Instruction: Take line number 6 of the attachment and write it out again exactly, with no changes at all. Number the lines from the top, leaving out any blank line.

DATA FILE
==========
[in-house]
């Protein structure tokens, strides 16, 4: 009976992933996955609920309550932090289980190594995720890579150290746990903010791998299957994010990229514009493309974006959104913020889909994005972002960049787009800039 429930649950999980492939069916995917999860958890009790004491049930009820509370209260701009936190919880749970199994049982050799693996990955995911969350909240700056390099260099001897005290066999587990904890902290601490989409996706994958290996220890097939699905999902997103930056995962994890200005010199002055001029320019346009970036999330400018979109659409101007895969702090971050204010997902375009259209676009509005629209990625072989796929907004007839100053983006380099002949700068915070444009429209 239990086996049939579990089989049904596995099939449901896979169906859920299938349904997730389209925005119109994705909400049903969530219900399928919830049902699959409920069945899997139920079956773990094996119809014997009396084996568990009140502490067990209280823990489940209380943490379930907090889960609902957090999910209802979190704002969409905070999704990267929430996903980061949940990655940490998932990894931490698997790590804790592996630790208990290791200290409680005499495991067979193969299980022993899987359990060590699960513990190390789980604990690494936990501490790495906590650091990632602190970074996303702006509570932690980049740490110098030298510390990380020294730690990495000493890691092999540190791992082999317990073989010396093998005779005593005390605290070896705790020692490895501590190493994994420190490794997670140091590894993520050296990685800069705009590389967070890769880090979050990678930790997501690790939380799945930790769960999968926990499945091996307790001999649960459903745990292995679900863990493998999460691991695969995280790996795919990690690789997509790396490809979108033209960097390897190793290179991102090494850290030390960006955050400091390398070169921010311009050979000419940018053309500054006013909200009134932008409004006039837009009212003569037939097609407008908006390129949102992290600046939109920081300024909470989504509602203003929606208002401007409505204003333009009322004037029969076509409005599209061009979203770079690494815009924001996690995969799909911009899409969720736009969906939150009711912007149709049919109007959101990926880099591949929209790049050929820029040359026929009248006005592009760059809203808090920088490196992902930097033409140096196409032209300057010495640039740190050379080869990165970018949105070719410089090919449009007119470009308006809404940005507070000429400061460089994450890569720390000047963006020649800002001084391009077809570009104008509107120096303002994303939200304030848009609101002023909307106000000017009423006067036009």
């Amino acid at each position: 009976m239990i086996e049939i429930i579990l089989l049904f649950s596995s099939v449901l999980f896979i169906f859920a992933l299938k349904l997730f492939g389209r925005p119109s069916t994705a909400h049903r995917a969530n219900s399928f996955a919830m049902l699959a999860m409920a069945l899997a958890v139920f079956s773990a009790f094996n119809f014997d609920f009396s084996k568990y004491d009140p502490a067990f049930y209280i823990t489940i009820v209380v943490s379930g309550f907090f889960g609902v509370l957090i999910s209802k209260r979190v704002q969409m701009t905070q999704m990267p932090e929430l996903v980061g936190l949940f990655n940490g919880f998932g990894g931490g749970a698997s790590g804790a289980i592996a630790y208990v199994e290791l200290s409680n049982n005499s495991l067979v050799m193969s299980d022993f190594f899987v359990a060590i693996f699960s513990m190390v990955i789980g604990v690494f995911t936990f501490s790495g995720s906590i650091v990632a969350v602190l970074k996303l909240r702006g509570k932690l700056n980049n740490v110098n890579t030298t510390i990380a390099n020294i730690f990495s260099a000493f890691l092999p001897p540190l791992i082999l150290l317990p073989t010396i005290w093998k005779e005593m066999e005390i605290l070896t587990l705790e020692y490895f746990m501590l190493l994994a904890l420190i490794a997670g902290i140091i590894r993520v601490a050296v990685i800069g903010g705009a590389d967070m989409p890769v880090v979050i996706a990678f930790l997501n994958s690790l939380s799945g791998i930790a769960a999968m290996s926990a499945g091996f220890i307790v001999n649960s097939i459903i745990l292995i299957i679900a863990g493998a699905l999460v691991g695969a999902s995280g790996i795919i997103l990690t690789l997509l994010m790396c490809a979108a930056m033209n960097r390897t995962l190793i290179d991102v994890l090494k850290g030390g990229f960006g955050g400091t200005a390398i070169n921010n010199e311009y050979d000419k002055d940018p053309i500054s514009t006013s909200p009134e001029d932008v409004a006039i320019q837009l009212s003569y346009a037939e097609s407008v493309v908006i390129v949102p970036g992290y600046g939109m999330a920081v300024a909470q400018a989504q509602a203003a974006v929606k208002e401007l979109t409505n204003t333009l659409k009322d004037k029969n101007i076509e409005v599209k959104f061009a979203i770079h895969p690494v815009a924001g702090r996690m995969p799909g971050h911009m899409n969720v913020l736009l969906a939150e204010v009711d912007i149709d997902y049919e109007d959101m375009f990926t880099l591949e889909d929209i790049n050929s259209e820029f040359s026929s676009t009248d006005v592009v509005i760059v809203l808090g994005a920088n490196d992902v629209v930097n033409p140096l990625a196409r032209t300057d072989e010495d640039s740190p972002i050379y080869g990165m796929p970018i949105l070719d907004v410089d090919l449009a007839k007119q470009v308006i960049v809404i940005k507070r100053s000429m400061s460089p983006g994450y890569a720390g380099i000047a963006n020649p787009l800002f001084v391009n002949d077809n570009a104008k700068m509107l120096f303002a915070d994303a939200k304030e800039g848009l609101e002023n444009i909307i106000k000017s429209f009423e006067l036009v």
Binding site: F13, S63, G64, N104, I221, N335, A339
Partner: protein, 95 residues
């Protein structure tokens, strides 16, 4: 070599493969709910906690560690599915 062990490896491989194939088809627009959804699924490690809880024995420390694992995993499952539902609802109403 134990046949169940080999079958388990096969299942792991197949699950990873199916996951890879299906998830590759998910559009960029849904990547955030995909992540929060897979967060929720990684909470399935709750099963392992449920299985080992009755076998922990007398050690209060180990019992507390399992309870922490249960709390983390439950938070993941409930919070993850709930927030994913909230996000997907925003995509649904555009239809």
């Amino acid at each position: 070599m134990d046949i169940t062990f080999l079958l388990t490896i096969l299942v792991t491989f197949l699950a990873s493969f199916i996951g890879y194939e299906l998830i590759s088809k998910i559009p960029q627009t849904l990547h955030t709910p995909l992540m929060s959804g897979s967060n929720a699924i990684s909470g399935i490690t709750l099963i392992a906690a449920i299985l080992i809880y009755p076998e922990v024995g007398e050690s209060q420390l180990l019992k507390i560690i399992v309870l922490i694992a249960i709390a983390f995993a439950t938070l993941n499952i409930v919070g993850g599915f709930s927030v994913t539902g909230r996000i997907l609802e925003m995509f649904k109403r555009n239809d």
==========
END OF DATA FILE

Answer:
């Protein structure tokens, strides 16, 4: 070599493969709910906690560690599915 062990490896491989194939088809627009959804699924490690809880024995420390694992995993499952539902609802109403 134990046949169940080999079958388990096969299942792991197949699950990873199916996951890879299906998830590759998910559009960029849904990547955030995909992540929060897979967060929720990684909470399935709750099963392992449920299985080992009755076998922990007398050690209060180990019992507390399992309870922490249960709390983390439950938070993941409930919070993850709930927030994913909230996000997907925003995509649904555009239809």